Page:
Office space is expensive. The more square feet under your feet, the more money you are paying to the landlord. Conference room space should be considered optional when you are laying out your
law firm. A luxury yes. Mandatory, no.
I have a conference room at my firm. It has become an extra file room. Client meetings are held in the attorney's office. That is a more personal, intimate space. It is more comfortable for the lawyer. I believe it also more fruitful for the client. The client gets a feel for the personality and character of the lawyer. It is the lawyer sharing a bit if himself or herself. It is the lawyer letting the client into the inner sanctum. That helps to endear trust and confidence.
What else might a lawyer use a conference room for? Settlement meetings of course. But I have never been put out by having a settlement meeting in a lawyer's personal office because a conference room was not available. Depositions? Not a problem. I take them at the court reporter's office -- after selecting a court reporter that provides free conference rooms.
Is a conference room a nice luxury to have? You bet it is. Is it essential to your success as a lawyer, or to your credibility? Absolutely not.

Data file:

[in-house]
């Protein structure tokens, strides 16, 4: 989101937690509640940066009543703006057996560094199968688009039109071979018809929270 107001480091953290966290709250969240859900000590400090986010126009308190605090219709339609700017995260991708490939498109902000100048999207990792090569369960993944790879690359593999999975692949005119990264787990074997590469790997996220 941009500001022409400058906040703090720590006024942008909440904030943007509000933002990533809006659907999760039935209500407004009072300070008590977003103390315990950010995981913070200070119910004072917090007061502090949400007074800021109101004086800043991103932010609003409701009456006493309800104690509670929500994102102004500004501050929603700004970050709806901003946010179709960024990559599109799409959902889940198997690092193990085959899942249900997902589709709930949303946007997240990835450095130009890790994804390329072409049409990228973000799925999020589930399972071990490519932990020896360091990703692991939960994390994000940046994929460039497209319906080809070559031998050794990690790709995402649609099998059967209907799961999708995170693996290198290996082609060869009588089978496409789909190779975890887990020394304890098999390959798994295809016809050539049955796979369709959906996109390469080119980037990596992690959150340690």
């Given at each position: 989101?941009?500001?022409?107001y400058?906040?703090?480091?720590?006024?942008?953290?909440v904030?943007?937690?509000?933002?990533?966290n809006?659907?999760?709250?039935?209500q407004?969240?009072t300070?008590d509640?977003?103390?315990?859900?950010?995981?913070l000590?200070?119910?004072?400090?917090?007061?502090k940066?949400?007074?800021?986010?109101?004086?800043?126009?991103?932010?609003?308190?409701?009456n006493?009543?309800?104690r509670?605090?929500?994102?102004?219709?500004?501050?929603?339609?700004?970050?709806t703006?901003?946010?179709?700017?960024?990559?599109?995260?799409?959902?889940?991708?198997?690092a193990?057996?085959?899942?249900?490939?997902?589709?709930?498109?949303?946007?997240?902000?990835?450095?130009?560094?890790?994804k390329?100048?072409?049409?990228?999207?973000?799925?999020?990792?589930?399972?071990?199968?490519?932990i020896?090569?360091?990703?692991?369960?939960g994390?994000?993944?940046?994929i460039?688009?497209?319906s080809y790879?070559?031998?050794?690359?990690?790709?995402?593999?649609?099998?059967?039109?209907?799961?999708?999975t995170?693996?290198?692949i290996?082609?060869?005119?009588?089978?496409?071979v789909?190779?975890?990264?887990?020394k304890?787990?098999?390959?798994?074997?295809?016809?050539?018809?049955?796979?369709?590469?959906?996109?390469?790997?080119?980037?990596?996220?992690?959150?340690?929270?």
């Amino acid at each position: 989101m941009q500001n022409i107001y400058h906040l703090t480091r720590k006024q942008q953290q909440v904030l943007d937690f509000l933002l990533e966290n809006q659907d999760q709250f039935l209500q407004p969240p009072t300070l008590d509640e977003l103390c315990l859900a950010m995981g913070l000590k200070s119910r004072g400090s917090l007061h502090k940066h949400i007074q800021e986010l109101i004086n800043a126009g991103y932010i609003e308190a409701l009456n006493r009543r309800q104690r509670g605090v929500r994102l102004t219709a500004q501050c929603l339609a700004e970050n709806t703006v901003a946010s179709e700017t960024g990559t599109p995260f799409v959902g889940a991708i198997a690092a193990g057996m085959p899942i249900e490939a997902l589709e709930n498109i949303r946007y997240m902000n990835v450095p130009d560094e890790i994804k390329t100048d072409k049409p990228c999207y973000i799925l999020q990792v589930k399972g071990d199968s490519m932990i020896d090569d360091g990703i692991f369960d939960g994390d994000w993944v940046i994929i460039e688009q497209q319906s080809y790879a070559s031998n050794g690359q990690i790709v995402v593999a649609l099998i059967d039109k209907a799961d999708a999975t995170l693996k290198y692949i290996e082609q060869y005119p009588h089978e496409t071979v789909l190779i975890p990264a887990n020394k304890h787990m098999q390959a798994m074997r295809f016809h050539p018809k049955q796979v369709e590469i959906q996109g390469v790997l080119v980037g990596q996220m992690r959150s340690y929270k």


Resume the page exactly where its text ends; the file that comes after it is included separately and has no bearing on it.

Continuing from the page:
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Thank you for visiting the Family Law Lawyer Tech & Practice blog. My name is John Harding. I am a family law lawyer practicing in Northern California. Long ago I realized that I could practice law more effectively and more efficiently (i.e., better and easier) by availing myself of the technological tools that are out there. I also learned that a successful law practice requires successful marketing. Hardware and software working together make me a better lawyer, and make my life easier. Marketing helps to bring in the business necessary for professional survival. By this blog I hope to share the tips, tricks, and technology that I have learned about so that others may benefit!